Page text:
On the day of his death in February 2019, his family said there had been nothing 'unusual' about the Year 11 pupil's behaviour - noting he had been playing with his brother Archie

His family claimed that there were no unusual or abnormal behaviors in the year 11 student’s behavior, noting that he was playing with Archie.

Dixon was a year 11 student at Garstang Academy studying for his GGCEs. His death shocked everyone.

He was known as an “fun-loving, caring, and enthusiastic individual who made everyone smile and laugh no matter what”; he had applied for college positions in the days preceding his death.

Gemma Wall, Dixon’s mother, was told by Mr Taylor that they did not know the whole story. The High Court has agreed to open the inquest again. This case was opened for the first time on March 4, 2019, and I only briefly described his personal life.

“We were told that he was being called to the table for dinner. One of his brothers found that he was dead and called him down. Dixon had migraines, which you discussed. Talk about Dixon coming home from school on Wednesday the week before his death and not feeling well.

“You stated that he liked school and would wake up at a reasonable hour. You stated that he hadn’t shown any sign of depressive feelings. 

“On February 10, 2019, I went out to buy food for the kids. They were upstairs, playing their Xbox.

“When you returned and called him down, he didn’t come down. So you went up with his brother to locate him. Your explanation that it wasn’t suicide was convincing. I believed it to be an accident.

After his belongings were given to him by police, Zack discovered messages on Zack’s phone through Instagram.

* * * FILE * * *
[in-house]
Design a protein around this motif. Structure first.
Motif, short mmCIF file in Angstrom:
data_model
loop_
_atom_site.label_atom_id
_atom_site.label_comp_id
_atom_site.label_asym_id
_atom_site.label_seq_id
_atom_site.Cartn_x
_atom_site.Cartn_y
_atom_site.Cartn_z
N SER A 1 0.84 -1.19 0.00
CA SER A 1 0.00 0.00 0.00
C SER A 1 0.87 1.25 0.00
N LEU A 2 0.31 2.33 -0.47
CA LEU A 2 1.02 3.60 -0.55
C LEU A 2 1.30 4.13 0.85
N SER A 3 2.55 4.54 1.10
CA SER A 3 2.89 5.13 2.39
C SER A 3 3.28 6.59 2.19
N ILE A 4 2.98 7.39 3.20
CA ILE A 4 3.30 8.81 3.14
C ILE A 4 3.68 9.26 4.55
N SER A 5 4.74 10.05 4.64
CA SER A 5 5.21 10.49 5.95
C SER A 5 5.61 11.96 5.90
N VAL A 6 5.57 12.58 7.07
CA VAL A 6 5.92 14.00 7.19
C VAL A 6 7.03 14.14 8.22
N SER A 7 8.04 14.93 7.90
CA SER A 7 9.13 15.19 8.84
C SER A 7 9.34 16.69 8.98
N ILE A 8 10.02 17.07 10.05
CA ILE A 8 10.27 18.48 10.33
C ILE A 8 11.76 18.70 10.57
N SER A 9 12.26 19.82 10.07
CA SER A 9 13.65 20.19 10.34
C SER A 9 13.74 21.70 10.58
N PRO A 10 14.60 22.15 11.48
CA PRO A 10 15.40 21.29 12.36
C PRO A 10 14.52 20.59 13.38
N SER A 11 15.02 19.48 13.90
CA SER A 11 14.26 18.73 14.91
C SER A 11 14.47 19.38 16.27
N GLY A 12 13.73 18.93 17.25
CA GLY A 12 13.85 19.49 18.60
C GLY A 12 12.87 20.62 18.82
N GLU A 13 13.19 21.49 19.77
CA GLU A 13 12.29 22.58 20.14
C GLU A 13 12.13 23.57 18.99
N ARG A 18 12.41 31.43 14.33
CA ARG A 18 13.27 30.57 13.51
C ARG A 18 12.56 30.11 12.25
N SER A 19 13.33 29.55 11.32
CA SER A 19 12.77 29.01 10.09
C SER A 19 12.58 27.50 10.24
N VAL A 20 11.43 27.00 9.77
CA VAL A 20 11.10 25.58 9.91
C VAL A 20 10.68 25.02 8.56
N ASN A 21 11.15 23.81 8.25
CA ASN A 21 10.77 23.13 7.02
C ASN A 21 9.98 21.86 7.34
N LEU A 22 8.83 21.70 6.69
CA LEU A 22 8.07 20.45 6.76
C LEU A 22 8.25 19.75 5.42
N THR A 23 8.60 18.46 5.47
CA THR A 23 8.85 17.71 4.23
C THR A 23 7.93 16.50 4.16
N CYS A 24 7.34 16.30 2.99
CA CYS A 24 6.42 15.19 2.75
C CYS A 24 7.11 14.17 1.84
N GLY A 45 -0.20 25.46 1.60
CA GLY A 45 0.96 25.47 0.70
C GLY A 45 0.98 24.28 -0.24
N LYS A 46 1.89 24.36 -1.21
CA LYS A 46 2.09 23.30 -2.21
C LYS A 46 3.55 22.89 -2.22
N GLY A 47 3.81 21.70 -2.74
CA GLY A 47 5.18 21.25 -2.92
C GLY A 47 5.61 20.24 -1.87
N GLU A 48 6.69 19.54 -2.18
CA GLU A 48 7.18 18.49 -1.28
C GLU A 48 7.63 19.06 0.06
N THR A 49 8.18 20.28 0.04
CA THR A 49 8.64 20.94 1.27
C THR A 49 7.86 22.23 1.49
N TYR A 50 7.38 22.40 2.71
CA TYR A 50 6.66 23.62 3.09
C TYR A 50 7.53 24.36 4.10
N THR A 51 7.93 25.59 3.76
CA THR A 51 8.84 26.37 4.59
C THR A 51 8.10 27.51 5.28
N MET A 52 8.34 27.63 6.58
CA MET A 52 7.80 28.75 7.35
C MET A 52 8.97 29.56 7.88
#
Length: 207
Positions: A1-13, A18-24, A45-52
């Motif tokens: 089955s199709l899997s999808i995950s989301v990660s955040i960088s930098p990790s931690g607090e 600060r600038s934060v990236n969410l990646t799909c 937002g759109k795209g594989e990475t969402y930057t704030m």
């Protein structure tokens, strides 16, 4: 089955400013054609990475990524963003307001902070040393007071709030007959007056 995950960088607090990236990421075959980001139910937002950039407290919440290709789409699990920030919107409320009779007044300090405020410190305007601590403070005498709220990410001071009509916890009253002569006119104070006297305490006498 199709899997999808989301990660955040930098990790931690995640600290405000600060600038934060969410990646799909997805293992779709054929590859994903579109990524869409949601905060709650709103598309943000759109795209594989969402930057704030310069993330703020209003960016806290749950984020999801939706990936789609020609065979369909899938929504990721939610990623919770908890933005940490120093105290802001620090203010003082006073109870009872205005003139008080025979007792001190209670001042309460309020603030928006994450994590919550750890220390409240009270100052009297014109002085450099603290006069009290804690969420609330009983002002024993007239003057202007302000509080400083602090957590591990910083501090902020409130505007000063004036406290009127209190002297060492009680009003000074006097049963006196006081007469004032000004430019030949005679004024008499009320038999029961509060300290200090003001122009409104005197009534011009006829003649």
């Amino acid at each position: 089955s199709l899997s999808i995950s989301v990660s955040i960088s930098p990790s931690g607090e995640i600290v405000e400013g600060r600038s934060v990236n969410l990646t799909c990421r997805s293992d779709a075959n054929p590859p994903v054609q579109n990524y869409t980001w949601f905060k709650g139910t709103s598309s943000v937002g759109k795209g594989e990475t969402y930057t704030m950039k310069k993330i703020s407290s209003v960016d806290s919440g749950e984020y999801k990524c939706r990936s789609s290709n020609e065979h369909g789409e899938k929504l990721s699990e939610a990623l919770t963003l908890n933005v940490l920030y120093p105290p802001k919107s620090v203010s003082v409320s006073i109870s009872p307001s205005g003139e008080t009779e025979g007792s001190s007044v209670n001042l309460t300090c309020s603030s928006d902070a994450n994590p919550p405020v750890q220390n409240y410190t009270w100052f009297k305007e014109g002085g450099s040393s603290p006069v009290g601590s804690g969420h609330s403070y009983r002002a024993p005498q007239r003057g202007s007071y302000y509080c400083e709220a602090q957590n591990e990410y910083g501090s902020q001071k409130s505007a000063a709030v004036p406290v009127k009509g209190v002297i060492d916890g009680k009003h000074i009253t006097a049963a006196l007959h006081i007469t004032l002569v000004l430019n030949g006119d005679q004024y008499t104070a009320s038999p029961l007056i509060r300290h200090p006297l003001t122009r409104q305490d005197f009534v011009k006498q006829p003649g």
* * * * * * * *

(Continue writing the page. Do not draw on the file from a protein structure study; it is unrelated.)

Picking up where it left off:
Year 11 pupil Dixon, who was studying for his GGCEs at Garstang Academy, had been applying for college places and his death came as a 'bolt out of the blue'

Dixon was a year 11 student at Garstang Academy studying for his GGCEs. His death shocked the world.

“These Instagram messages were found between Nov 2018 and three days prior to his passing on February 7, 2019.

“Given these circumstances, you reached out to the Coroner’s Office and they wrote you and talked to you about the matter. 

“You asked them to explain why they had not located these messages. This clearly upset you and you desired the evidence looked into.

“With the evidence that I presented at the initial inquest, I couldn’t have reached a different conclusion,” he said. It is now clear that Instagram posts containing suicidal thoughts are evidence of this.

Miss Wall, a former teacher assistant stated in a statement that she had never believed he would ever do something like this. He had never mentioned suicide or being depressed. As someone who has been there for him all his life, it would not surprise me to see something.

“But, the messages I found were a reference suicide. I haven’t read them and am not yet aware of them. 

Zack informed me that he found messages suggesting that Dixon might be depressed. It was clear that there were intentions behind the messages.

Samaritans can be reached at 116123 for confidential assistance.